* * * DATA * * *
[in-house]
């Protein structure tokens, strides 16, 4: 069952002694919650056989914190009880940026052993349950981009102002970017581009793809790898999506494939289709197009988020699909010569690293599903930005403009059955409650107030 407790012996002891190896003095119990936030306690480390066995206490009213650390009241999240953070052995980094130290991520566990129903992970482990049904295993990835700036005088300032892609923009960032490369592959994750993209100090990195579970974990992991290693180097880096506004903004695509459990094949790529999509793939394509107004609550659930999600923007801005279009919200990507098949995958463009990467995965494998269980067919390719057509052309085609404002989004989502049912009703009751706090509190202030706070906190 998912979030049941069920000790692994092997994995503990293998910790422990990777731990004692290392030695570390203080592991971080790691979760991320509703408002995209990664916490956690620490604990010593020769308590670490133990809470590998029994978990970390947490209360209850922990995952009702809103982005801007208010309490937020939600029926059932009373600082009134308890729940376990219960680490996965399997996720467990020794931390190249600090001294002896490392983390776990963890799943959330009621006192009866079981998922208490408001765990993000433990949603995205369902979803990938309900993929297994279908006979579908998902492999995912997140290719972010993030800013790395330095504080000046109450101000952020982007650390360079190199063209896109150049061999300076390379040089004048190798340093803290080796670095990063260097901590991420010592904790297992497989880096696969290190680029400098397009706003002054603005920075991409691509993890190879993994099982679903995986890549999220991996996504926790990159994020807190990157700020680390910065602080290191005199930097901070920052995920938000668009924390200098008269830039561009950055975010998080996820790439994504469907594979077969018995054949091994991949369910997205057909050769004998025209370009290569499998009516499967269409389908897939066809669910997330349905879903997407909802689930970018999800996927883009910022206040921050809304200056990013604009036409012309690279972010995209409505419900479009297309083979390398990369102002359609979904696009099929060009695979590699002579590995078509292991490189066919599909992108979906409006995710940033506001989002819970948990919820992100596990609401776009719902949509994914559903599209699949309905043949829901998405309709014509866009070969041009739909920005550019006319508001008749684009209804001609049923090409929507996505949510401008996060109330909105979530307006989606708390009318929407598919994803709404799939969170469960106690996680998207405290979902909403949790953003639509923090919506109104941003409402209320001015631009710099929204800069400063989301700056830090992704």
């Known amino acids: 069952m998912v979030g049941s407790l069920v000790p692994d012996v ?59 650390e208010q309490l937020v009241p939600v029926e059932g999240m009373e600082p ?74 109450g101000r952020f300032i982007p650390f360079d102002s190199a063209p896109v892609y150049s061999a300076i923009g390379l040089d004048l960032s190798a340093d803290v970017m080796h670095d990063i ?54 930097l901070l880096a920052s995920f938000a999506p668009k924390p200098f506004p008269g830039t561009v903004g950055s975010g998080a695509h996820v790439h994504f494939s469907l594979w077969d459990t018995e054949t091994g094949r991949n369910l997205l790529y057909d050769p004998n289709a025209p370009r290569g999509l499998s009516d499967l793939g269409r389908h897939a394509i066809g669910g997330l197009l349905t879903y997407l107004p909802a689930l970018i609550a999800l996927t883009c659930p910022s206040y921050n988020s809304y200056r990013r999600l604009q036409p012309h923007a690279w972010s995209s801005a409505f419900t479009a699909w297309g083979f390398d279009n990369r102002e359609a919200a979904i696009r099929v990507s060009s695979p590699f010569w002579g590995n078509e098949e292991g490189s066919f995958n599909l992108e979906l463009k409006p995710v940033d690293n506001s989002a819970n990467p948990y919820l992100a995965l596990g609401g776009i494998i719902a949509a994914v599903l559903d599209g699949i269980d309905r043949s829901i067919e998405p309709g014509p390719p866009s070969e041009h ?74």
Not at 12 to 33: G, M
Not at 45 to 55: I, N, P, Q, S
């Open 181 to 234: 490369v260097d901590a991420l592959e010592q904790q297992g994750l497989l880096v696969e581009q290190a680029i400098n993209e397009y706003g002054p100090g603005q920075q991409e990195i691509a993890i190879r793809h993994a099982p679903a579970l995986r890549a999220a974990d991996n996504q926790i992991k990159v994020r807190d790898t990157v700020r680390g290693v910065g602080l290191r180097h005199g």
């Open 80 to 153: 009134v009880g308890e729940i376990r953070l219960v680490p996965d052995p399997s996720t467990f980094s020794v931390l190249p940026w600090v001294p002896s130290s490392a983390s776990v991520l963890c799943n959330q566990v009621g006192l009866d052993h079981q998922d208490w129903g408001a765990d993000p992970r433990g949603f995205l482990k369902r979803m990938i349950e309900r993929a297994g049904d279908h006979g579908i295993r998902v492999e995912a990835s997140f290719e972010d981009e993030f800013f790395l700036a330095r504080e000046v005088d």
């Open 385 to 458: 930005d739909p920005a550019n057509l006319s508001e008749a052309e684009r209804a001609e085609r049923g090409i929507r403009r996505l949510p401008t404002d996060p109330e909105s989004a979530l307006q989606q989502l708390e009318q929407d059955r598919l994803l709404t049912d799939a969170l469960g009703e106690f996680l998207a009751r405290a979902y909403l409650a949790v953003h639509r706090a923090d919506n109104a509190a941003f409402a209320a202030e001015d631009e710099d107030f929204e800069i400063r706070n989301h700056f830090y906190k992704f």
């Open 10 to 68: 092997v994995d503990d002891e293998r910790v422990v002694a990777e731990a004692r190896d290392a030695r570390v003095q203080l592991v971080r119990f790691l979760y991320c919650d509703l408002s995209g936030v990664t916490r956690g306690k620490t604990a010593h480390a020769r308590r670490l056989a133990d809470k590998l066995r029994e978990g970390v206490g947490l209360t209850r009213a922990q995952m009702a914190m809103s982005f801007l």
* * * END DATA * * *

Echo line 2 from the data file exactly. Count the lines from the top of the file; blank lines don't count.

């Protein structure tokens, strides 16, 4: 069952002694919650056989914190009880940026052993349950981009102002970017581009793809790898999506494939289709197009988020699909010569690293599903930005403009059955409650107030 407790012996002891190896003095119990936030306690480390066995206490009213650390009241999240953070052995980094130290991520566990129903992970482990049904295993990835700036005088300032892609923009960032490369592959994750993209100090990195579970974990992991290693180097880096506004903004695509459990094949790529999509793939394509107004609550659930999600923007801005279009919200990507098949995958463009990467995965494998269980067919390719057509052309085609404002989004989502049912009703009751706090509190202030706070906190 998912979030049941069920000790692994092997994995503990293998910790422990990777731990004692290392030695570390203080592991971080790691979760991320509703408002995209990664916490956690620490604990010593020769308590670490133990809470590998029994978990970390947490209360209850922990995952009702809103982005801007208010309490937020939600029926059932009373600082009134308890729940376990219960680490996965399997996720467990020794931390190249600090001294002896490392983390776990963890799943959330009621006192009866079981998922208490408001765990993000433990949603995205369902979803990938309900993929297994279908006979579908998902492999995912997140290719972010993030800013790395330095504080000046109450101000952020982007650390360079190199063209896109150049061999300076390379040089004048190798340093803290080796670095990063260097901590991420010592904790297992497989880096696969290190680029400098397009706003002054603005920075991409691509993890190879993994099982679903995986890549999220991996996504926790990159994020807190990157700020680390910065602080290191005199930097901070920052995920938000668009924390200098008269830039561009950055975010998080996820790439994504469907594979077969018995054949091994991949369910997205057909050769004998025209370009290569499998009516499967269409389908897939066809669910997330349905879903997407909802689930970018999800996927883009910022206040921050809304200056990013604009036409012309690279972010995209409505419900479009297309083979390398990369102002359609979904696009099929060009695979590699002579590995078509292991490189066919599909992108979906409006995710940033506001989002819970948990919820992100596990609401776009719902949509994914559903599209699949309905043949829901998405309709014509866009070969041009739909920005550019006319508001008749684009209804001609049923090409929507996505949510401008996060109330909105979530307006989606708390009318929407598919994803709404799939969170469960106690996680998207405290979902909403949790953003639509923090919506109104941003409402209320001015631009710099929204800069400063989301700056830090992704």